The Education Game (Matt Barnes and I) launched a beta edition of The Promise and The Plan a few weeks ago. The Promise and The Plan’s singular goal is to help parents transform their children into self-directed, independent, life-long learners. Most schools aren’t going to create this type of learner. “The Promise” is the compact between the parent and their child, and “The Plan” is mapping the pathway toward the singular goal. 

The Promise and The Plan begins with The Scouting Report, a document helping parents and their children capture the young learner’s current reality about how their learning is happening today. The rationale behind The Scouting Report is you can’t know where you are going unless you know where you are.  After completing The Scouting Report, parents and their children are asked to begin to fill out The Game Plan, a learning plan focused on building four distinct skills in your child: reading, communication (both written and oral), problem-solving, and character. The Game Plan also addresses three important questions: 1) What do we want the child to learn? 2) How do we know the child has learned it? and 3) What do we do when the child doesn’t learn it? The Game Plan changes weekly, based on performance and feedback. To help parents complete and update The Game Plan, The Education Game has designed an 8 episode on-line course. The Promise and The Plan course covers topics like goal-setting, evaluation, and intervention. The course provides an on-line toolbox to support parents and their children as they travel the pathway to self-directed, independent, life-long learning.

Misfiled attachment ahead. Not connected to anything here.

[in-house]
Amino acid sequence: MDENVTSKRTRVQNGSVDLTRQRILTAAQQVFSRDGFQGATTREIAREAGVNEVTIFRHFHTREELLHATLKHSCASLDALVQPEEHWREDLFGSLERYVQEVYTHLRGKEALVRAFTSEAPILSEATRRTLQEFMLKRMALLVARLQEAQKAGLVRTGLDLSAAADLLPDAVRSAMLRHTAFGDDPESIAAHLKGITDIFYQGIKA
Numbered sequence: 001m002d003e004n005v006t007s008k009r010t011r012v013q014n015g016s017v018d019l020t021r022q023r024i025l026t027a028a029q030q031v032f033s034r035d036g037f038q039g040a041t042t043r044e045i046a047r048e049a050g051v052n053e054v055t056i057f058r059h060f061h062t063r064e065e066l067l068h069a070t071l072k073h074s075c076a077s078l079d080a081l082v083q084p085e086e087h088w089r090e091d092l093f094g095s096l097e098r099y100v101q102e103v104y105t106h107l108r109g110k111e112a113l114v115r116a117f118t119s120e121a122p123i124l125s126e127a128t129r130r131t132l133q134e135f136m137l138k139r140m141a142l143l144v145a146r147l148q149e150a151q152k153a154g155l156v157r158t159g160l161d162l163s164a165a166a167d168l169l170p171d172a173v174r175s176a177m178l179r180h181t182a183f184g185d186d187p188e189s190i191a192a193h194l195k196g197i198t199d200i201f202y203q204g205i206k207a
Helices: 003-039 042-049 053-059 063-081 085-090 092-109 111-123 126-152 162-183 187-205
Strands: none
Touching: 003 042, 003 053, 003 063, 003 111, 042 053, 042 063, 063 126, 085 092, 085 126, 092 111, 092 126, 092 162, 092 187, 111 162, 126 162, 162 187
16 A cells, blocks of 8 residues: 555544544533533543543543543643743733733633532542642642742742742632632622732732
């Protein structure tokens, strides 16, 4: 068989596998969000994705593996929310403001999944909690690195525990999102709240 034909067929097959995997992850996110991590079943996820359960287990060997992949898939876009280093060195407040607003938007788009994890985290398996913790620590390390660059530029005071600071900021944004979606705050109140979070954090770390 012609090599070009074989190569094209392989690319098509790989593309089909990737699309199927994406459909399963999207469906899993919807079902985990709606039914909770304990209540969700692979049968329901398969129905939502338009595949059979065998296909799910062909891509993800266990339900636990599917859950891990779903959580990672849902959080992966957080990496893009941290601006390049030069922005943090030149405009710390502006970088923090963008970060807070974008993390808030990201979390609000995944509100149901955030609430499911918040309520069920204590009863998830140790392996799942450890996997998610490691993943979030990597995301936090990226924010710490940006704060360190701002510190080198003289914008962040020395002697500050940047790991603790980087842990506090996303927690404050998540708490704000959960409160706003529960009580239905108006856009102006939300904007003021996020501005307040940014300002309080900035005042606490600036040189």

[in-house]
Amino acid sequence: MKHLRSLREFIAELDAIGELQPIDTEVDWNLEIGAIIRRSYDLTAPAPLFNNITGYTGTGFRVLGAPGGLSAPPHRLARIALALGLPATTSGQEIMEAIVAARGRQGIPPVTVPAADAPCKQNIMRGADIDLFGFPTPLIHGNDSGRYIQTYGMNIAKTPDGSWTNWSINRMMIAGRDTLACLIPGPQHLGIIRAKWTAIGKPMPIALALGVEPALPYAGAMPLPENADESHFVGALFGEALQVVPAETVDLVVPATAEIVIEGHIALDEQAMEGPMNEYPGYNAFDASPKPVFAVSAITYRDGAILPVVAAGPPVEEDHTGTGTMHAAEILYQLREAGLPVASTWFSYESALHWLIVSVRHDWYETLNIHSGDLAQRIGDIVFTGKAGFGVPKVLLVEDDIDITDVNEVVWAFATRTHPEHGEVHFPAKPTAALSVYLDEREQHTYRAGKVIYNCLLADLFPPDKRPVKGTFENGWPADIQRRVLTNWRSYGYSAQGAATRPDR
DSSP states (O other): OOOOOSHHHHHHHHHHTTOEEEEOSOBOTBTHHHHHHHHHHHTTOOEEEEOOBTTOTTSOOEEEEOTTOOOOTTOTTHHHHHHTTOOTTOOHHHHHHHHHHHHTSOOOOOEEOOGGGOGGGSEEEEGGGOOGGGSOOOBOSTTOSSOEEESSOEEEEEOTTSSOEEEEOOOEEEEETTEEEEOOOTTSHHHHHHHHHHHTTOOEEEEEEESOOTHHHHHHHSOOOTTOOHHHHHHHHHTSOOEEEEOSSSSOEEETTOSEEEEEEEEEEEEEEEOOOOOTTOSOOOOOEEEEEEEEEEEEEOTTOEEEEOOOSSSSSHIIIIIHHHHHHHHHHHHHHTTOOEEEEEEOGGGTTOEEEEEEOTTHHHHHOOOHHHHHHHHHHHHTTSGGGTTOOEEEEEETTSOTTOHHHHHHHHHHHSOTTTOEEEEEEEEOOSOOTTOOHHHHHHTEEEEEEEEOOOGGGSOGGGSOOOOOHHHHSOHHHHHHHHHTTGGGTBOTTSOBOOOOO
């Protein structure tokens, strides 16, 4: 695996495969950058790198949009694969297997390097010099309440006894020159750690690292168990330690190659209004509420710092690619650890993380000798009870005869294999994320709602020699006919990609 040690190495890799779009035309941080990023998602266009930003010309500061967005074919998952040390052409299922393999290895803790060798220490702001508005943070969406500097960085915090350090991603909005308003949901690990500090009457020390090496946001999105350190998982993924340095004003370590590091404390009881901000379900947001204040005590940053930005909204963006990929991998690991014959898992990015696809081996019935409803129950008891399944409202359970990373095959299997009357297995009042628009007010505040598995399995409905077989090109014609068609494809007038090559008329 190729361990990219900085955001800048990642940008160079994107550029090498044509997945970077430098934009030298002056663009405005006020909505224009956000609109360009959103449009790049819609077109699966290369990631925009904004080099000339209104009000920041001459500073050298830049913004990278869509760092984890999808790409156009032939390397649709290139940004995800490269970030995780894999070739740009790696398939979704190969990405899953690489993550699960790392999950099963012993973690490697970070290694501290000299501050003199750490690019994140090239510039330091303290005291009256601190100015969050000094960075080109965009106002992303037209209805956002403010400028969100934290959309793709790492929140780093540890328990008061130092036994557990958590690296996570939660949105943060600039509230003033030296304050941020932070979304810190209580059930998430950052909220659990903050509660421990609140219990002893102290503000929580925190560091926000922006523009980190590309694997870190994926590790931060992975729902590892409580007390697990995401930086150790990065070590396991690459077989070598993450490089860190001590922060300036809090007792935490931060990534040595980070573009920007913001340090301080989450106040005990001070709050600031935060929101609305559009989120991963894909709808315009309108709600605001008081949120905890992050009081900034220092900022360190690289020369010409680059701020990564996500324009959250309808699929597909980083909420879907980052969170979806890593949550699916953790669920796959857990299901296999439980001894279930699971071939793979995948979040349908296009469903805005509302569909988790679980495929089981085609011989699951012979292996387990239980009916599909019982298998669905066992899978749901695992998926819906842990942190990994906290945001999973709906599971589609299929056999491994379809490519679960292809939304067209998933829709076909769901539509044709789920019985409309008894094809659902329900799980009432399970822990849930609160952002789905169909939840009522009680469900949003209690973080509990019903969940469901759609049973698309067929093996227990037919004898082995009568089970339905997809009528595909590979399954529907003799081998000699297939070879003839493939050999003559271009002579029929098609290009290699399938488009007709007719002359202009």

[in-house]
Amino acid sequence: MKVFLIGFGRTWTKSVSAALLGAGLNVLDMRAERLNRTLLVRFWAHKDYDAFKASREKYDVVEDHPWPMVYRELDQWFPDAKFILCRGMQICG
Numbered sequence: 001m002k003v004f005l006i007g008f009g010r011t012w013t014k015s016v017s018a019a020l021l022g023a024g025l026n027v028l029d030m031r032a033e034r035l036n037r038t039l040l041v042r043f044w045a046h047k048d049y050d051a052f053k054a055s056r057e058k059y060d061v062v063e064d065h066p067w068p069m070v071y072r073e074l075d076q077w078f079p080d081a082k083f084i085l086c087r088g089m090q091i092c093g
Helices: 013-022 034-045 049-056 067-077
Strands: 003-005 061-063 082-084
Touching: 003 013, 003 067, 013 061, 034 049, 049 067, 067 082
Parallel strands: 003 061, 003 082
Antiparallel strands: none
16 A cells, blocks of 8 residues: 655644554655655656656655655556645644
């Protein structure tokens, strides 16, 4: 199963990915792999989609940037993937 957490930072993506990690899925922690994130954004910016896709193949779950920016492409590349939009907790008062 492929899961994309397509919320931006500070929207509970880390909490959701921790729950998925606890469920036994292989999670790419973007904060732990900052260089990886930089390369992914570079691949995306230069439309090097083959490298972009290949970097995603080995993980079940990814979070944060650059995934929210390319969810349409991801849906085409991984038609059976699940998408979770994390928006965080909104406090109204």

Sound good? Matt and I thought so, but here’s the problem. So far, both of us have been underwhelmed by the response to our call for parents and families interested in doing this work. This morning, during our check-in, Matt and I wondered if too many parents see this opportunity as a “nice to do” instead of “have to do?” We’ve heard stories from parents who think the process is too lengthy and too difficult. Parents call us on our English and Spanish phone lines — 832-210-1200, x1200 (English), x1202 (Spanish) — and tell us they can’t find time to complete The Scouting Report. Others tell us they wonder whether changing their child’s educational trajectory is the right thing to do. (Schedule your free 1-on-1 to discuss your situation).

Parents! Matt and I believe we have created a promising process to create a self-directed, independent, life-long learner inside your child. But we can’t do this work for you or without you. There is a leadership model that teaches us “dissatisfaction leads to motivation,” and that “satisfaction leads to apathy.” The Education Game needs to know what type of parent you are and what type of young learner you want your child to become. When you think about your child’s current educational condition, are you a parent who is dissatisfied to the point of being motivated to do something different? Are you a parent who believes developing your child into a self-directed, independent, life-long learner is a “have to do” and not a “nice to do?” Are you a parent who is “sick and tired of being sick and tired of poor educational delivery so far?”

If you are dissatisfied to the point of being motivated to change, if you see this opportunity as a “have to do” and not necessarily a “nice to do,” if you are “sick and tired of being sick and tired,” then Matt and I invite you to go to our website to access a copy of The Scouting Report to get the change process started. It’s time to decide who is in the game, or not. No blame, no shame. Let’s go! Let’s get after it, only if YOU WANT TO GET AFTER IT!